Sometimes Expected Doesn't Make it Any Easier
As we complete our meetings with clients whose review dates fell during these summer months, we have sounded a bit like a broken record. “This pullback was expected,” we have said. We have been forewarning of it in different “Weekly Market Commentaries” and other blogs throughout the year. This market’s recovery has had a distinct signature since 2009, we drone on. We believe that signature has been a good first quarter; bad second quarter; neutral to bad third quarter and a good fourth quarter. Furthermore, economic activity while still historically anemic we believe is showing some signs of recovery in the all-important housing sector. Still, the S&P 500 this year has only had one pullback of over 5% while the S&P 500 typically has three of 5% or more in any given year when it hits all-time highs.(1)
Even with all of this advanced information, it doesn't help as the market suffers apoplexy with tapering worries that further exacerbate the second and third quarter’s slide and you see your account balances drift southward. I would like to take you back to August 20th’s “Weekly Market Commentary: Markets Entering Area 51” as discussion centered on whether markets can rally in rising interest rate environments.
On four different occasions over the last 20 years when rising bond yields have accompanied economic growth and the increases lasted for at least one year and yields rose by at least 1%, the S&P500 rose in all of those twelve month periods.(2) However, if you read the August 20 Weekly, you noticed the graph that clearly showed that stocks rose substantially while bonds dropped. So what about your bonds?
As we stated in our email to clients on July 16, 2013, we have made wholesale changes in most portfolio’s defensive pieces. We have sought assets that are not interest sensitive or correlate directly with bonds and if they are interest-sensitive, they may benefit portfolios when interest rates are rising. We have also positioned most of our portfolios in equities that we believe may be beneficial to our clients should the recovery’s feasting cycle of the fourth quarter continue.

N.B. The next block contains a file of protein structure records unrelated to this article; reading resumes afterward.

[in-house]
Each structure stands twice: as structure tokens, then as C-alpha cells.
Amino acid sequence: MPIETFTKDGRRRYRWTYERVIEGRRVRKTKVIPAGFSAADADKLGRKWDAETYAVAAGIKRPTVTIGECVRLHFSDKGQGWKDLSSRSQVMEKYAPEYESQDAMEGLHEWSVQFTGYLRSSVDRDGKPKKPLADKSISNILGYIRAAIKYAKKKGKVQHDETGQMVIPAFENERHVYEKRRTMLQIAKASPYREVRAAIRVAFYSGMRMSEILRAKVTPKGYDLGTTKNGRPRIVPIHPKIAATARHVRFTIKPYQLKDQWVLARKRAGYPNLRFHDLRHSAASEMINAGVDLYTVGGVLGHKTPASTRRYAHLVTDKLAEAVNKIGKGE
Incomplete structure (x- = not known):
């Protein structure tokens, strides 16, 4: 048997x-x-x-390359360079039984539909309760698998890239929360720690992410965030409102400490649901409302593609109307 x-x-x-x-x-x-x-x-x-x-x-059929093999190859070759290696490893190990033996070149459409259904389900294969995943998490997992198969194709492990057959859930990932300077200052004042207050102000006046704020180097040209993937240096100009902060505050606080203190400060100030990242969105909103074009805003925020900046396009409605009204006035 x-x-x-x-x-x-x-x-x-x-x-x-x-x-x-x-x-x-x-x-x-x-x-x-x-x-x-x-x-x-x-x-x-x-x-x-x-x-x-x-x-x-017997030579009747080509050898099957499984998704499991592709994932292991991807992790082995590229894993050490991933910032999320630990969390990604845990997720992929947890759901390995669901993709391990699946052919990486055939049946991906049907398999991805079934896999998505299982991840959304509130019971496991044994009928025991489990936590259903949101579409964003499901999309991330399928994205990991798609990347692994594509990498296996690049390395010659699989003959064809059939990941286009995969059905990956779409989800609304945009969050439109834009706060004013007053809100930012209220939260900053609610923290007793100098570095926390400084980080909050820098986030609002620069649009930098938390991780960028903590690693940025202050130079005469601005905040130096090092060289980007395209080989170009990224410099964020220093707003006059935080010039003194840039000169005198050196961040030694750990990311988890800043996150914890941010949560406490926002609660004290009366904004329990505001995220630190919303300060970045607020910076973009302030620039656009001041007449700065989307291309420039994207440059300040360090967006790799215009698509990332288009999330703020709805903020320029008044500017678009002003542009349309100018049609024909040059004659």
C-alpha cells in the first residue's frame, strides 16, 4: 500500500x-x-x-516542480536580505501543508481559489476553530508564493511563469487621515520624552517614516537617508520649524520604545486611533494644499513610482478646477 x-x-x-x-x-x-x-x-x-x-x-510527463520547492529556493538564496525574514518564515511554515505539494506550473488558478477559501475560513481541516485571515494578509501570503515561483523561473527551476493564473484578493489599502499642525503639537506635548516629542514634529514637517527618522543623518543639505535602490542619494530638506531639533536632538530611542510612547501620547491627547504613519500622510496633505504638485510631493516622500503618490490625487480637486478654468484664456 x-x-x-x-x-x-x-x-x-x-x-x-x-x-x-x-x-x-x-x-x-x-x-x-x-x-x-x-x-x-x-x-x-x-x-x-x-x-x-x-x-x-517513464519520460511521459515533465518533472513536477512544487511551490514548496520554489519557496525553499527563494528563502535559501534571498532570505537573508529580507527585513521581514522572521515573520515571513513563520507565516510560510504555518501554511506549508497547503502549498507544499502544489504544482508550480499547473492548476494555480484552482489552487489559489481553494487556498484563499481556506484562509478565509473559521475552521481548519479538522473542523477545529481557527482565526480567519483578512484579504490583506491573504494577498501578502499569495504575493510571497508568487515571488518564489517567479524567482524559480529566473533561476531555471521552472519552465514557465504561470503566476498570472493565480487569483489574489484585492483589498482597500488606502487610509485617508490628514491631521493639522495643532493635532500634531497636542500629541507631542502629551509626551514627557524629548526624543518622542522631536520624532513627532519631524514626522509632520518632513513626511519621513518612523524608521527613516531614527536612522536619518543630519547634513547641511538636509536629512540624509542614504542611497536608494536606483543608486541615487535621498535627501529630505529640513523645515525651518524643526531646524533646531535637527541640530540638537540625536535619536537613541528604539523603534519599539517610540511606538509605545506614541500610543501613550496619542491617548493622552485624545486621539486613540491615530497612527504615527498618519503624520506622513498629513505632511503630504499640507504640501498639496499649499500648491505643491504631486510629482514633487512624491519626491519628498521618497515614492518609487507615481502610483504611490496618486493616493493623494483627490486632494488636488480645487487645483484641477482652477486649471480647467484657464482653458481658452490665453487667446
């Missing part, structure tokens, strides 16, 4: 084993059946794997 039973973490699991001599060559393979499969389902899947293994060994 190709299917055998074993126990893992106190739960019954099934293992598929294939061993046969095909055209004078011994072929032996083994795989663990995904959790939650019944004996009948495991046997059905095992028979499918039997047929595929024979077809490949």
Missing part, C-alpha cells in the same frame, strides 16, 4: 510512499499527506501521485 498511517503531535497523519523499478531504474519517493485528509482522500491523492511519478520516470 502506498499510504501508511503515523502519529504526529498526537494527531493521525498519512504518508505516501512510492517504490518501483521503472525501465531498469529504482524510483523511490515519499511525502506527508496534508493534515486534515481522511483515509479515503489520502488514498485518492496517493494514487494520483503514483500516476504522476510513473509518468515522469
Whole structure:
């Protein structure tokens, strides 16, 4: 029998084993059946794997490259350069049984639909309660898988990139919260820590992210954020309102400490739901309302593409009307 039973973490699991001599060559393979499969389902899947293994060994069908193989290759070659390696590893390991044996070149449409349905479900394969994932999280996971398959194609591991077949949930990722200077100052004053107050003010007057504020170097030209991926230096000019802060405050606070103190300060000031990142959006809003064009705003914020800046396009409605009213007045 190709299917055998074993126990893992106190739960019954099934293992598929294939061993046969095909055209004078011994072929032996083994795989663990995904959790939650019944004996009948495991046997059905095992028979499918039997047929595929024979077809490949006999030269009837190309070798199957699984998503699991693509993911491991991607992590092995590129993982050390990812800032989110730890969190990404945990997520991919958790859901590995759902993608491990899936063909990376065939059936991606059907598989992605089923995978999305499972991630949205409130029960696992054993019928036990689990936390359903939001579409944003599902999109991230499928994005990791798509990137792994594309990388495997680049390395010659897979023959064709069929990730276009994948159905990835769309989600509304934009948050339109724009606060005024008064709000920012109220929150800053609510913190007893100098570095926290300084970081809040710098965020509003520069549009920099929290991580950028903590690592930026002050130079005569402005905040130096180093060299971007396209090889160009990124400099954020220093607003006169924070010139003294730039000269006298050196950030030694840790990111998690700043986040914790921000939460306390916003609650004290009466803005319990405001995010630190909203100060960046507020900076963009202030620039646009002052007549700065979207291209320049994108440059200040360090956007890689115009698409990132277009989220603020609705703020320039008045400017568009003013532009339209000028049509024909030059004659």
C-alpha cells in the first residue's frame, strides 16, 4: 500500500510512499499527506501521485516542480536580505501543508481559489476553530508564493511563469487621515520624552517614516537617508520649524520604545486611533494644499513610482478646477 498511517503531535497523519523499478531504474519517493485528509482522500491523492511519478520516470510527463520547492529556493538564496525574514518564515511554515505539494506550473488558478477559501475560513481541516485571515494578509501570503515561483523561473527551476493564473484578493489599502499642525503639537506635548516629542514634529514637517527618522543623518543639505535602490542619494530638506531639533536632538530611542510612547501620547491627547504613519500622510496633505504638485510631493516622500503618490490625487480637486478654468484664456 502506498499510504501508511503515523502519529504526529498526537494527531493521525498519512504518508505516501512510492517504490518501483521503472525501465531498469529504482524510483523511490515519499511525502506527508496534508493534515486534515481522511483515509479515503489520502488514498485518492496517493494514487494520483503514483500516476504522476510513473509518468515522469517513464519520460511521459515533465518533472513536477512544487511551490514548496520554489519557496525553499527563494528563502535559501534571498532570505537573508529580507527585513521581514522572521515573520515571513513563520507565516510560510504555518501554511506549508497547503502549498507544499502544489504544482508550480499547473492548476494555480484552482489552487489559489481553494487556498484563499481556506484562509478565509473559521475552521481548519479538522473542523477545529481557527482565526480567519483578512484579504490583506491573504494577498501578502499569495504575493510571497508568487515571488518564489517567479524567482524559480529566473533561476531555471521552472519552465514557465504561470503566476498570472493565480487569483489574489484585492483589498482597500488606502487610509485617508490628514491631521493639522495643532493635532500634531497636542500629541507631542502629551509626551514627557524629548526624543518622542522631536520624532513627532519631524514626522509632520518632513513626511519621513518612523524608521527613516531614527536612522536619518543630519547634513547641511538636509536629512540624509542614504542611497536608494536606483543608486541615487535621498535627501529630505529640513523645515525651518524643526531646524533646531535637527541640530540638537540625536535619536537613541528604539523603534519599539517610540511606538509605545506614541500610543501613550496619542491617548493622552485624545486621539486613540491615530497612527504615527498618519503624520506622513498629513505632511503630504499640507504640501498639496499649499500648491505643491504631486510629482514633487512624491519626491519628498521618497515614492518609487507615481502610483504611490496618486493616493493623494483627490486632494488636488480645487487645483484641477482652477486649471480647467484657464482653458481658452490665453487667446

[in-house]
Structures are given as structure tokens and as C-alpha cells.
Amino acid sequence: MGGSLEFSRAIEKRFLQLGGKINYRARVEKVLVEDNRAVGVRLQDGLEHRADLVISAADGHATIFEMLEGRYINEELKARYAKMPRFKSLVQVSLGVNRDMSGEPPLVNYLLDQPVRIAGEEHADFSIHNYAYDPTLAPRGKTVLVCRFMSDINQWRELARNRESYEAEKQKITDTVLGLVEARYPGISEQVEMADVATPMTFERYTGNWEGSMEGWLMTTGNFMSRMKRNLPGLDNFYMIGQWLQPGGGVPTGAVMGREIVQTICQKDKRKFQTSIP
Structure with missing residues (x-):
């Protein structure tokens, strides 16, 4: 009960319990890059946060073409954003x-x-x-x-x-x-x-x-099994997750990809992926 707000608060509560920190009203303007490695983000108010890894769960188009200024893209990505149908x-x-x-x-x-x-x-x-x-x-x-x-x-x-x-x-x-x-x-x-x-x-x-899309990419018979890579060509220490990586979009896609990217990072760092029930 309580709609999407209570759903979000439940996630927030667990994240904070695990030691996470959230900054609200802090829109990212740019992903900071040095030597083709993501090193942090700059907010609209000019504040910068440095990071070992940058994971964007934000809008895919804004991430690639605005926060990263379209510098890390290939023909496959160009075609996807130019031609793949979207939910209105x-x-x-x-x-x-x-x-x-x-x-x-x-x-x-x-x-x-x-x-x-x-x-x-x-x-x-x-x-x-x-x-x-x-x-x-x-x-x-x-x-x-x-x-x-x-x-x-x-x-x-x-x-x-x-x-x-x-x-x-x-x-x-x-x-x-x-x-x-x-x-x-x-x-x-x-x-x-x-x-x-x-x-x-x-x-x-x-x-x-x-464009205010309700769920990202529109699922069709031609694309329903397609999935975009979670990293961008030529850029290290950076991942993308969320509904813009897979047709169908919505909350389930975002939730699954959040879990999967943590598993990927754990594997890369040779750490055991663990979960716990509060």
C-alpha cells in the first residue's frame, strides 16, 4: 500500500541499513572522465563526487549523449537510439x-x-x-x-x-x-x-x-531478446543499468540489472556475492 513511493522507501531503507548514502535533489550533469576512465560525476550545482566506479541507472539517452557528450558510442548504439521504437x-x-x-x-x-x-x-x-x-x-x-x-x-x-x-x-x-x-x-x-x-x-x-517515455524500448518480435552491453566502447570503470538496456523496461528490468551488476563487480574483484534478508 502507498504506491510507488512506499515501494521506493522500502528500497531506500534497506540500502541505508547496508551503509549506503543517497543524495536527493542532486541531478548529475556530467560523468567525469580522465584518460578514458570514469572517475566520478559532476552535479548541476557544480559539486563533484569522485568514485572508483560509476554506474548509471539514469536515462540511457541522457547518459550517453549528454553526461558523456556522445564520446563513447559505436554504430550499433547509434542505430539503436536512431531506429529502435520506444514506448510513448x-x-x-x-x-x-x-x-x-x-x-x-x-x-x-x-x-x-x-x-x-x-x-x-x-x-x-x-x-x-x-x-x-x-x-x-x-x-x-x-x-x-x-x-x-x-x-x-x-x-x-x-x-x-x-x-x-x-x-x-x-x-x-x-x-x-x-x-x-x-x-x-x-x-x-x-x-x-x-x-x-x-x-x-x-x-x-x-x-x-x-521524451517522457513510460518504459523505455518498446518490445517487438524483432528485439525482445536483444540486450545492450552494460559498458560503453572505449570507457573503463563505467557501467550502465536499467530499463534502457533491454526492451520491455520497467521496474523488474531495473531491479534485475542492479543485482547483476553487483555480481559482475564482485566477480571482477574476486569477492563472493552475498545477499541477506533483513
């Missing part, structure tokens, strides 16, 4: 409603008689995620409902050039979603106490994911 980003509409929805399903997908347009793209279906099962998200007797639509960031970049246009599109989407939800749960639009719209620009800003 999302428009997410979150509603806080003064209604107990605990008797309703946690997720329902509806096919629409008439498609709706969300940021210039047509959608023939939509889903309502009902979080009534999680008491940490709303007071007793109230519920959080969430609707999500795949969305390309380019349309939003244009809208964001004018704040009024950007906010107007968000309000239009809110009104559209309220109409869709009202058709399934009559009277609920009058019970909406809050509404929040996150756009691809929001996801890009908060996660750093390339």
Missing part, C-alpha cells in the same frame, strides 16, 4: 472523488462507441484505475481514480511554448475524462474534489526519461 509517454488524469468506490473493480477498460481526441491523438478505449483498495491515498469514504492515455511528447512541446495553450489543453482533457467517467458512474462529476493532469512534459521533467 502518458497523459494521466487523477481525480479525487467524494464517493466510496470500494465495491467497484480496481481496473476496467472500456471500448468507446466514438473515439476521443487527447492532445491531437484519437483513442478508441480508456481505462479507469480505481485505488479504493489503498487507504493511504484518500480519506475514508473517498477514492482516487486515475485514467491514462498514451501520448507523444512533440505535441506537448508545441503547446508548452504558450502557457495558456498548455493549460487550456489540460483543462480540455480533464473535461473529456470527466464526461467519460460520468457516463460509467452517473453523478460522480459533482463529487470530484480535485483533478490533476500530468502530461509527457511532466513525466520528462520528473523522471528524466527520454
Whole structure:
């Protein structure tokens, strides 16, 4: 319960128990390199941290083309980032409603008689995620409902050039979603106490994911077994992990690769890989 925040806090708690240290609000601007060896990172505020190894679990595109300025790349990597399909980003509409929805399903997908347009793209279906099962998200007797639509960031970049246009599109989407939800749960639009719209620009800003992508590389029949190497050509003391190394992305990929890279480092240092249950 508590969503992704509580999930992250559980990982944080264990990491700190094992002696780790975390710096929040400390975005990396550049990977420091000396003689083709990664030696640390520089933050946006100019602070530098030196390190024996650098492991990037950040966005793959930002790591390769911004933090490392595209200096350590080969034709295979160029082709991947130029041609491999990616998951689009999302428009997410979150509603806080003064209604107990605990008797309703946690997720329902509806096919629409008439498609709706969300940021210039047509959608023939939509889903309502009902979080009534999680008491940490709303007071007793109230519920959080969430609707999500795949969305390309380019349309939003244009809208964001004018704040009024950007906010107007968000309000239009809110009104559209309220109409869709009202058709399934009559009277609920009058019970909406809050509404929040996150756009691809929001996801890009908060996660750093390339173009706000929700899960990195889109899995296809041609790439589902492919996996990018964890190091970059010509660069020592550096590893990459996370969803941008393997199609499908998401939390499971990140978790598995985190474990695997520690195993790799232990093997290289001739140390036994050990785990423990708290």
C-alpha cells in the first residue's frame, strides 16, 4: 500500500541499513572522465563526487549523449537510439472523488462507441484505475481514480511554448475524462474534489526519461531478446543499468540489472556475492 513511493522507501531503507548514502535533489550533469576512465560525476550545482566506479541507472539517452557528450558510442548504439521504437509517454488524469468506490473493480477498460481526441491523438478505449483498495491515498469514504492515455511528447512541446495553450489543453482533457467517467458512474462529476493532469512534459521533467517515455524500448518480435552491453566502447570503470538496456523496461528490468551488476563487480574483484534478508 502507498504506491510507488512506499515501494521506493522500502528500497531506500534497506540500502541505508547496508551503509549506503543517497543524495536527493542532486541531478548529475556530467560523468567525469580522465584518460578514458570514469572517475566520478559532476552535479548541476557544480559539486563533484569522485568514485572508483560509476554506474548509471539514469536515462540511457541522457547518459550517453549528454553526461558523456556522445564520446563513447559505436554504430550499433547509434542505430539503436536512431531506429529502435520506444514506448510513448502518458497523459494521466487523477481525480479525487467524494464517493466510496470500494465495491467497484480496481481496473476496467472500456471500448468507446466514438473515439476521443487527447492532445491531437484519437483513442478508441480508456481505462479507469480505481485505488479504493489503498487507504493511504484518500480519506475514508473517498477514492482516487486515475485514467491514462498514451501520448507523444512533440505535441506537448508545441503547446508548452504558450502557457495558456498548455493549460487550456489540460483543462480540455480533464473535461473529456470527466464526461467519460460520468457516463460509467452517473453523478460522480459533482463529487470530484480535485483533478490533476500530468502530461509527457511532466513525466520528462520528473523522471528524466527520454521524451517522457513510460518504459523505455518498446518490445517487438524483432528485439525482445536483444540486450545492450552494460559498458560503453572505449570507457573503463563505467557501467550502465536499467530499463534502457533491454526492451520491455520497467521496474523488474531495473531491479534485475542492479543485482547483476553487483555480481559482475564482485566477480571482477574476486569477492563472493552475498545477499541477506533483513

We believe there will be more volatility; more economic bad news; and more Middle-Eastern strife that will provide doubt. We don’t time when the results will occur, but we are there when they do. So while we know you know…we are sensitive in the interim as we wait patiently for market’s repeat performance.
(1) As referenced in "Weekly Market Commentary - Markets Entering Area 51," August 2o, 2013.
(2) As referenced in "Weekly Market Commentary - Markets Entering Area 51," August 2o, 2013. Chart 1 which highlights rising interest rates have been good for stocks on 10/15/1993, 10/5/1998, 6/17/2003, and 7/24/2012. Chart source LPL Financial, Bloomberg data as of 08/17/2013. • The opinions voiced in this material are for general information only and are not intended to provide specific advice or recommendations for any individual. To determine which investment(s) may be appropriate for you, consult your financial advisor prior to investing. All performance reference is historical and is no guarantee of future results. All indices are unmanaged and cannot be invested into directly. • The Standard & Poor’s 500 Index is a capitalization-weighted index of 500 stocks designed to measure performance of the broad domestic economy through changes in the aggregate market value of 500 stocks representing all major industries. • Stock investing may involve risk including loss of principal. • The economic forecasts set forth in the presentation may not develop as predicted and there can be no guarantee that strategies promoted will be successful.